According to the International Union for Conservation of Nature (IUCN) Lemurs are the most endangered mammals in the world. This diverse group of primates includes more than 100 species, but can only be found on Madagascar and the neighbouring Comoro Islands. On display here in the Museum we have a variety of lemurs, including the skeletons of extinct giant lemurs – some of which were as large as an adult human,
With many species already extinct, the Lemur is in real trouble. This week a World Lemur Festival is being held in Antananarivo, the capital of Madagascar. To spread the word, the Lemur Conservation Foundation have put together a film to celebrate the festival and to highlight how close we are to losing the lemur.
Here in the UK, East Oxford residents and Museum visitors Tom Nicholson-Lailey and Janet McCrae approached us about the Lemur Festival. Janet and her partner Michael set up the McCrae Conservation and Education Fund in 2006 to support local conservation work in Madagascar. In collaboration with the late primatologist Dr Alison Jolly and Durrell Wlldlife, they’ve produced a series of posters, which have been distributed to 200 primary schools, featuring ecosystems under threat. Janet says she is
Mad about helping local children understand the unique habitat and their role in preserving it.
Tom has made 3 visits to Madagascar for wildlife-watching holidays, and has contributed the fantastic photographs you can see here. He says
“I hope that by travelling to Madagascar and visiting national parks and reserves, we are supporting local conservation work in Madagascar, and helping to ensure that conservation has a high political profile.”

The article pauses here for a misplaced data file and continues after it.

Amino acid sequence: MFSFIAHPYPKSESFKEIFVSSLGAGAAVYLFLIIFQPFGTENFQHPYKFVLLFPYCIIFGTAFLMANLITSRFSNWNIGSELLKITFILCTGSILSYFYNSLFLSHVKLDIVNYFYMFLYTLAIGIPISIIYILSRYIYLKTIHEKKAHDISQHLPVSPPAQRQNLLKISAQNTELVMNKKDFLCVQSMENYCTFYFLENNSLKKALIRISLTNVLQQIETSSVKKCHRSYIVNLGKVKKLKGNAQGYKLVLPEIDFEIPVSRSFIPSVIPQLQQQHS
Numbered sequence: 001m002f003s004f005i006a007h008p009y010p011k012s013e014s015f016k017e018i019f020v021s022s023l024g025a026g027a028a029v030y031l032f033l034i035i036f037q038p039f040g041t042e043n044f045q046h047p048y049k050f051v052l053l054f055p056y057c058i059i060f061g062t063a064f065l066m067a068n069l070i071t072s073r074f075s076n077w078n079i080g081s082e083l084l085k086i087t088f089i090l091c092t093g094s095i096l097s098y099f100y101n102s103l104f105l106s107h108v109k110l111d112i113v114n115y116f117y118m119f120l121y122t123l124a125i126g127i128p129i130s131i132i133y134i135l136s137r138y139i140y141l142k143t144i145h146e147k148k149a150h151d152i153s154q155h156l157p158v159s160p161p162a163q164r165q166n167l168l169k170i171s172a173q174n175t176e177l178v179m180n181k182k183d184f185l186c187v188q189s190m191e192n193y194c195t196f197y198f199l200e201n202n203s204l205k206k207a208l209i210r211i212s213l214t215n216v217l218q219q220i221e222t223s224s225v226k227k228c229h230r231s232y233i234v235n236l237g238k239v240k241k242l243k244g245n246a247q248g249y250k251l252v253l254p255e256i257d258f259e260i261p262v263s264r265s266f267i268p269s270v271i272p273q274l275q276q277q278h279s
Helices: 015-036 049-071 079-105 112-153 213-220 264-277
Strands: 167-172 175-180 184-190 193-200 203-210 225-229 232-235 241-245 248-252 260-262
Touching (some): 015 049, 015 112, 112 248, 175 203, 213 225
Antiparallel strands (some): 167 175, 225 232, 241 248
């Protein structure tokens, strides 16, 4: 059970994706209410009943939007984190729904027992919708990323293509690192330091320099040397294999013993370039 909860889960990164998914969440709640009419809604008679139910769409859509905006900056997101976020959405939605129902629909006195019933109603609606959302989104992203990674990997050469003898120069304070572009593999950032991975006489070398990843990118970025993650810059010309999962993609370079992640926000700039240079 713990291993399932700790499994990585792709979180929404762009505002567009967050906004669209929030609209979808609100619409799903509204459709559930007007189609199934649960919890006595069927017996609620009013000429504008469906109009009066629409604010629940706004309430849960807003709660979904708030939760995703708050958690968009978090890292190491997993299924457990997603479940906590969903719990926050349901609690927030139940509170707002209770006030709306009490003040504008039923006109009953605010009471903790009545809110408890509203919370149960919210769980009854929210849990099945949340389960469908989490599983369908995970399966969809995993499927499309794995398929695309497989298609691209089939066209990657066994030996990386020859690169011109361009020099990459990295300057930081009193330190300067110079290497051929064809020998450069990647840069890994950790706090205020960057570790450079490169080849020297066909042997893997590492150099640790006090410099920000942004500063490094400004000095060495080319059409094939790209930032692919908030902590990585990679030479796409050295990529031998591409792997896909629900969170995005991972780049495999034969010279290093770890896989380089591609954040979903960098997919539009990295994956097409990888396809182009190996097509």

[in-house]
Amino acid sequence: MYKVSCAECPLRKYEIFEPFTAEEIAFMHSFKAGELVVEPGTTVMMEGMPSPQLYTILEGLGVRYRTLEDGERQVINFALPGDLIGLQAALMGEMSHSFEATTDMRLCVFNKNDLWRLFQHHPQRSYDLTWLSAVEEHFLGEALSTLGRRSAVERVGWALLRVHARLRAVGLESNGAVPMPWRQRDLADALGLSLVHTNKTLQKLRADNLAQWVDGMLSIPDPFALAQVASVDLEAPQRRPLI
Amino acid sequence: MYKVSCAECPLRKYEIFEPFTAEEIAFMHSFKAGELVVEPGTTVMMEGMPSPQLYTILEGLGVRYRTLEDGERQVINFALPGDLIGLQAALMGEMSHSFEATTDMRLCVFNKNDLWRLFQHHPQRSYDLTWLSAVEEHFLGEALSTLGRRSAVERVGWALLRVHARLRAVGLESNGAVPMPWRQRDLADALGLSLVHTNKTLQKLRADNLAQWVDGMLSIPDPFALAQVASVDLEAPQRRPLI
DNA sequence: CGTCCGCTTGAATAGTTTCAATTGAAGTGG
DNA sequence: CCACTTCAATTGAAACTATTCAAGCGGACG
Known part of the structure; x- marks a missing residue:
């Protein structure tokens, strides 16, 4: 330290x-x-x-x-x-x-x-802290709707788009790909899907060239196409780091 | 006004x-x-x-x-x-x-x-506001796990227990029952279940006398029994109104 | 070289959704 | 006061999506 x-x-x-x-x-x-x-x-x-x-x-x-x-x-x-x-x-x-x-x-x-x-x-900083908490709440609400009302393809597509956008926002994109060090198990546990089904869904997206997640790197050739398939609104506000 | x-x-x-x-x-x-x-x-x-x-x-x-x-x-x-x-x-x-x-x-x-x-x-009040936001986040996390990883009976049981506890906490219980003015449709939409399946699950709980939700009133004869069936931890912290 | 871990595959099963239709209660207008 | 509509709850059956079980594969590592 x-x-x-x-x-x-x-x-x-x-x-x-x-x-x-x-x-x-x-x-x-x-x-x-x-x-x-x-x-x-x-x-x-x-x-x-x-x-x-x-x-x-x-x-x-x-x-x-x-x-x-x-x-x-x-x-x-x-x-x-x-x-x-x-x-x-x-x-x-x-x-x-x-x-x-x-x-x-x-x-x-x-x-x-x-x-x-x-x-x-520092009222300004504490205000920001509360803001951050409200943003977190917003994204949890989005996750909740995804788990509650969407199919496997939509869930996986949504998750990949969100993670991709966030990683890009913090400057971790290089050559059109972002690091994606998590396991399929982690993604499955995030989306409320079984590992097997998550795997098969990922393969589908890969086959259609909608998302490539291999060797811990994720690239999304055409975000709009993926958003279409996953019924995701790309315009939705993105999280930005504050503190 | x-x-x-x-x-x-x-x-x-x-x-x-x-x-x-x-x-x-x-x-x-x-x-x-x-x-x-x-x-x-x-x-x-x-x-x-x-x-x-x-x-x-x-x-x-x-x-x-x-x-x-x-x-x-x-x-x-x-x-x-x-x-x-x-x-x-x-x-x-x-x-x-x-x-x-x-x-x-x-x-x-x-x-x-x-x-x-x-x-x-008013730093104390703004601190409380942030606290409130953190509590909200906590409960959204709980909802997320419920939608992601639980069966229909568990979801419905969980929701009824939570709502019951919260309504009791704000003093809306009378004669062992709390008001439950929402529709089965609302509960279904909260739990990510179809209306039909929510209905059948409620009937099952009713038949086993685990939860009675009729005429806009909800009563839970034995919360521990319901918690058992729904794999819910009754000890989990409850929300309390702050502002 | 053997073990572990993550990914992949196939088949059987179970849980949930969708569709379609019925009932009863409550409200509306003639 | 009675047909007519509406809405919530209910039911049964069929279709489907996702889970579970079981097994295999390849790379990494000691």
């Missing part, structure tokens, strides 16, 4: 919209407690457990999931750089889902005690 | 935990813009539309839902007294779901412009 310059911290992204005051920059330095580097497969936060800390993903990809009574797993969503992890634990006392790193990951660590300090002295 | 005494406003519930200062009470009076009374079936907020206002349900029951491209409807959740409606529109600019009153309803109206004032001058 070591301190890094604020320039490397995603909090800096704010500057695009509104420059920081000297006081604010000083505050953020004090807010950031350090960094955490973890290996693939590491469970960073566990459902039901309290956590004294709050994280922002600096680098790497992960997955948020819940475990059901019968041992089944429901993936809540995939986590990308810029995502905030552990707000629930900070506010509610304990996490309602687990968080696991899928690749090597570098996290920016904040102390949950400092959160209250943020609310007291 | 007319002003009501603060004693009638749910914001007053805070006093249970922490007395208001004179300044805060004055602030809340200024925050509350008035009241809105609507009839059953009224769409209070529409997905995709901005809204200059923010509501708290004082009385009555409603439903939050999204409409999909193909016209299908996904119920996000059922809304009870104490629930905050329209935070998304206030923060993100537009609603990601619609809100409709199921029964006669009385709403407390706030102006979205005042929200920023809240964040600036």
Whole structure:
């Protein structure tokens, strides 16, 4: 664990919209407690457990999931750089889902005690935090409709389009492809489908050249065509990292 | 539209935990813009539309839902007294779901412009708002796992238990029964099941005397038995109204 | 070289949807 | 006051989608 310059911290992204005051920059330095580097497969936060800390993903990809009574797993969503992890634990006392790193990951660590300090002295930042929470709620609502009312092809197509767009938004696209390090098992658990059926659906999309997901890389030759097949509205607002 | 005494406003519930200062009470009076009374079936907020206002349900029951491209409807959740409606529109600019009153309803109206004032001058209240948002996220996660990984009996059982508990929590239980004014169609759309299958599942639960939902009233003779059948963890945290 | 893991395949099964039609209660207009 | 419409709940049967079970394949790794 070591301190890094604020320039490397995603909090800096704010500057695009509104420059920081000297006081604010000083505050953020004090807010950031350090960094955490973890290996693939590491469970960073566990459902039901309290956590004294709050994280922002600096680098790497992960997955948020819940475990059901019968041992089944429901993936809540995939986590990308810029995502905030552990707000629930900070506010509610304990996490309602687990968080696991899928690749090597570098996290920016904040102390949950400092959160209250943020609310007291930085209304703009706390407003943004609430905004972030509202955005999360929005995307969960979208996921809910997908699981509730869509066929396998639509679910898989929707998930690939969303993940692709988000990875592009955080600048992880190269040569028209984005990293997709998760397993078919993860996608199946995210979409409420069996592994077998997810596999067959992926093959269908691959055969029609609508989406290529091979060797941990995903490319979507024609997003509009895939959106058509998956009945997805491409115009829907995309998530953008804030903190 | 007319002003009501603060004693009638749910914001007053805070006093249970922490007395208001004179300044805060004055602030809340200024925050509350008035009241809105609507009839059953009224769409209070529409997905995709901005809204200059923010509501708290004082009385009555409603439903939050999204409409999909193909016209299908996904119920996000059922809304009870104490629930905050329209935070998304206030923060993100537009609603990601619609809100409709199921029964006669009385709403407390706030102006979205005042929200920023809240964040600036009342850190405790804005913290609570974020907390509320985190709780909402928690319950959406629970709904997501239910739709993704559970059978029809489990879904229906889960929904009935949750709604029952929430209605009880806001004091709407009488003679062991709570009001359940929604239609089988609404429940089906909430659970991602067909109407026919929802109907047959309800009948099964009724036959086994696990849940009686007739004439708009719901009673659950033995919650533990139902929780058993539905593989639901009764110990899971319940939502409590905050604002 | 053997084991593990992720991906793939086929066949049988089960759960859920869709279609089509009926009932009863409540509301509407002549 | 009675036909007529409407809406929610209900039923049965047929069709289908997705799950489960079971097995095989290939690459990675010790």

Madagascar, the fourth largest island in the world, is one of nature’s great treasure-houses, described as a ‘biodiversity hotspot’ for its number and variety of species. Some 90% of all the island’s animal and plant species are ‘endemic’ – found nowhere else in the world. The ‘flagship’ species that best represent Madagascar’s extraordinary biodiversity are the lemurs. No less than 103 species and sub-species of these beautiful, harmless, tree-dwelling primates had been identified by 2012, including as many as 39 species identified since the year 2000.
Most of the island’s original forests have long been destroyed. With a growing population already over 22 million, and extensive rural poverty, the few isolated strips and pockets of forest that comprise the lemurs’ habitats are under increasing threat from slash-and-burn agriculture and from illegal logging of precious hardwood trees.
The current 2012-14 IUCN list of the world’s 25 most endangered primates includes six lemur species:
Blue-eyed Black Lemur (Eulemur flavifrons) – Endangered
Northern Sportive Lemur (Lepilemur septentronalis) – Critically endangered
Silky Sifaka (Propithecus candidus) – Critically endangered
Madame Berthe’s Mouse Lemur (Microcebus berthae)- Endangered
Red Ruffed Lemur (Varecia rubra) – Endangered
Indri (Indri indri) – Endangered
Much needs to be done to strengthen the efforts of local organisations in Madagascar to raise awareness of the unique lemur plight and to help people find alternative means of making a living.
But Janet explains that there is also some good news. Conservation organisations like the Durrell Wildlife Conservation Trust are working with local people in Madagascar to help preserve Lemurs’ habitats, and there are some notable success stories.
In the Lake Alaotra area villagers have been helping to protect wetland reed-beds from destruction. The ‘Bandro’, or Bamboo Lemur (Hapalemur alaotrensis), which depends on the reed-beds for food and shelter, is no longer on the Critically Endangered list.
“They need all the help they can get from friends like you”.
Rachel Parle, Interpretation and Education Officer